choral

Cyrillus Kreek – The Suspended Harp of Babel

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i’ve been waiting for this for three years. At the 2017 Estonian Music Days, i experienced a double onslaught to the head and heart courtesy of choir Vox Clamantis performing the music of Cyrillus Kreek. For this reason more than any other, i’ve clung to the memories of that first contact, and have returned to my recording of the radio broadcast innumerable times since. This isn’t because recordings of Kreek’s music are not available – there aren’t many, but they are there – but the ones i’ve tested have come nowhere close to capturing the magic of his musical language with the sublime intensity of Vox Clamantis. Until now: this month sees the release of The Suspended Harp of Babel, an album devoted to his choral works. Considering Kreek’s stature as arguably Estonia’s first pre-eminent 20th century composer, and Vox Clamantis’ stature as arguably Estonia’s finest choir, plus the surprising fact that this is the first time the choir has committed his music to disc, this release is a big deal, and potentially another double onslaught.

That potential is overwhelmingly realised. i simply can’t remember the last time i’ve been so hypnotically drawn deep into an album of choral music. This is no mere hyperbole, though; one of the most striking recurring features of Vox Clamantis’ concerts is the way they construct them as something akin to liturgies (a superb example of this, juxtaposing ancient and modern, vocal and electronic music, can be streamed via Klassikaraadio). Presented in a way that’s solemn, though without ceremony or fuss, their performances have all the intensity of a rite – no doubt heightened by invariably taking place in ecclesiastical buildings – at which the audience becomes a pseudo-congregation. The Suspended Harp of Babel is something similar; it is no mere compilation. Read more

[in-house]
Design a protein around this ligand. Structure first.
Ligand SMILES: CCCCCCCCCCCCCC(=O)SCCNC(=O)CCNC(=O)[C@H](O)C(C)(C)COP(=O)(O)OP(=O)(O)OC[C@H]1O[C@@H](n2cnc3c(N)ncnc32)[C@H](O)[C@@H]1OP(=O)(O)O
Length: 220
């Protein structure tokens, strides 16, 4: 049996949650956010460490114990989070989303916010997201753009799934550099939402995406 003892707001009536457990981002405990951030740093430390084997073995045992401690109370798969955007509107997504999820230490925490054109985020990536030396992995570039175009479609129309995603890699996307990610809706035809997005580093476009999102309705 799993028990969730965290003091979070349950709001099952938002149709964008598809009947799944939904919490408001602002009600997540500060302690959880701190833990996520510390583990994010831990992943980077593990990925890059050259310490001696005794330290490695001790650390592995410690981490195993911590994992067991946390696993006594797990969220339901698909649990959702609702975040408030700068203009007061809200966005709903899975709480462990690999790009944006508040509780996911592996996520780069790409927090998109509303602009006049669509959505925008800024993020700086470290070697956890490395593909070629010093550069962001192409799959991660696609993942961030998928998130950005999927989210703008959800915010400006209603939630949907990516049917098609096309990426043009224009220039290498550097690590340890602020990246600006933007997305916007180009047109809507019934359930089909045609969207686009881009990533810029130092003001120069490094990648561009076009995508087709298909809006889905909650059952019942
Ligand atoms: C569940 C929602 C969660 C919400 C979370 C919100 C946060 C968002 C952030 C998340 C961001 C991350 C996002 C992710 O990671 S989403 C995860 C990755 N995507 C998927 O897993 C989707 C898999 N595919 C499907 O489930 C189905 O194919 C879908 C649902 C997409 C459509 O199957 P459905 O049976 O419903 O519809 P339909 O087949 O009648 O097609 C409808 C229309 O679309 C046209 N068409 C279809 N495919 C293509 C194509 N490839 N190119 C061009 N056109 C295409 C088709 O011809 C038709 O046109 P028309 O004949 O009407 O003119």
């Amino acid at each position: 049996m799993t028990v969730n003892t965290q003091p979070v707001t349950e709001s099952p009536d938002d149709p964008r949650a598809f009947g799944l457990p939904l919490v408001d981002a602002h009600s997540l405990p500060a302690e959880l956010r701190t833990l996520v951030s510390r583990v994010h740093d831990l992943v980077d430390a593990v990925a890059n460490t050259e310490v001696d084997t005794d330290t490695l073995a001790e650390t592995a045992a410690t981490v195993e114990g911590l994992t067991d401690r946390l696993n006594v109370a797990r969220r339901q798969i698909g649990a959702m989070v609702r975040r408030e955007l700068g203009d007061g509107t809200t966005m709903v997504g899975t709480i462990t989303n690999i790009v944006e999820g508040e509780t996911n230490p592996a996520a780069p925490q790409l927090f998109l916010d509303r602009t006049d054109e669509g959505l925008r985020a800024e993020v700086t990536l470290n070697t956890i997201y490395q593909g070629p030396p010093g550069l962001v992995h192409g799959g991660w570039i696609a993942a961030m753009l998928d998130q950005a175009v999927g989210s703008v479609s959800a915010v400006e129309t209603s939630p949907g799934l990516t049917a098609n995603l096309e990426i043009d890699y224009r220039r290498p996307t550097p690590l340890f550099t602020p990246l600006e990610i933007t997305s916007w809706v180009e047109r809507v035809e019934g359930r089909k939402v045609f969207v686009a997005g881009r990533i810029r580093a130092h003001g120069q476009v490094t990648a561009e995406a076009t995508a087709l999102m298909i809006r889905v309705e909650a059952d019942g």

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John Tavener – Flood of Beauty (World Première)

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i’m bringing this year’s Lent Series to an end with the last large-scale work by one of Britain’s most strange and singular composers, John Tavener. Tavener died in November 2013, and in some respects it would be hard to go out with a bigger bang than with Flood of Beauty which, though composed many years earlier (between July 2006 and July 2007), only received its first performance in the autumn of 2014. At 104 minutes’ duration, the piece is significantly shorter than many of Tavener’s multiple-hour works – none more so than the 7-hour behemoth The Veil of the Temple (2001) – but the piece is nonetheless massive in its own right, and for reasons other than just its (still very lengthy) time-span.

In his later life, the nature and articulation of Tavener’s religious outlook became increasingly nebulous and non-specific, moving away from clear Orthodox inspirations to embrace other modes of thought and belief, ultimately favouring of a more Universalist mindset. In terms of the effect that this had on his work – from both compositional and listening perspectives –  i’m not sure it really made that much of a difference. As i’ve discussed previously, Tavener always tended to take a de facto approach to the presentation of religiosity in his work. Far from attempting to sonically contextualise his beliefs – for example, dramatising them, or at least giving them a kind of parabolic or allegorical quality – he instead presented them in an unequivocal, fait accompli fashion, likening this to the experiencing of entering an Orthodox church and being instantly surrounded and enclosed by decorative glory. In practice, the experience was usually akin to skipping over the first two volumes of Dante’s Divine Comedy and leaping straight into the Paradiso; if transcendence is all you’re after then perhaps the result is satisfying enough – you get, in essence, what you came for – though one can’t help feeling that the culmination of Dante’s experience is so much more emotionally (and, if you like, spiritually) meaningful and relatable in light of the incredible journey to arrive at that point. Perhaps Tavener felt that the real world – the concert hall, and the audience sitting within it – was the context to which his music provided some kind of contrasting quasi-divine apogee. But for me, the way his music always tended to hit the ground running, so to speak – assuming rather than demonstrating; taking for granted rather than attempting to convince – seemed the epitome of preaching to the converted: perfect if you already shared his outlook; alienating and downright eccentric if you didn’t. This applies to a great deal of his work (and not only his, of course), both the more purely Orthodox as well as the later, more Universalist compositions, so from a listening perspective the only significant change in this regard is the sense that the music has undergone a shift from what we might conventionally regard as ‘sacred music’ to something less easily categorisable, though aesthetically sharing aspects of New Age music. In this respect, a title like Flood of Beauty is telling; it evokes… something, though what that something is is ill-defined and subjective. Read more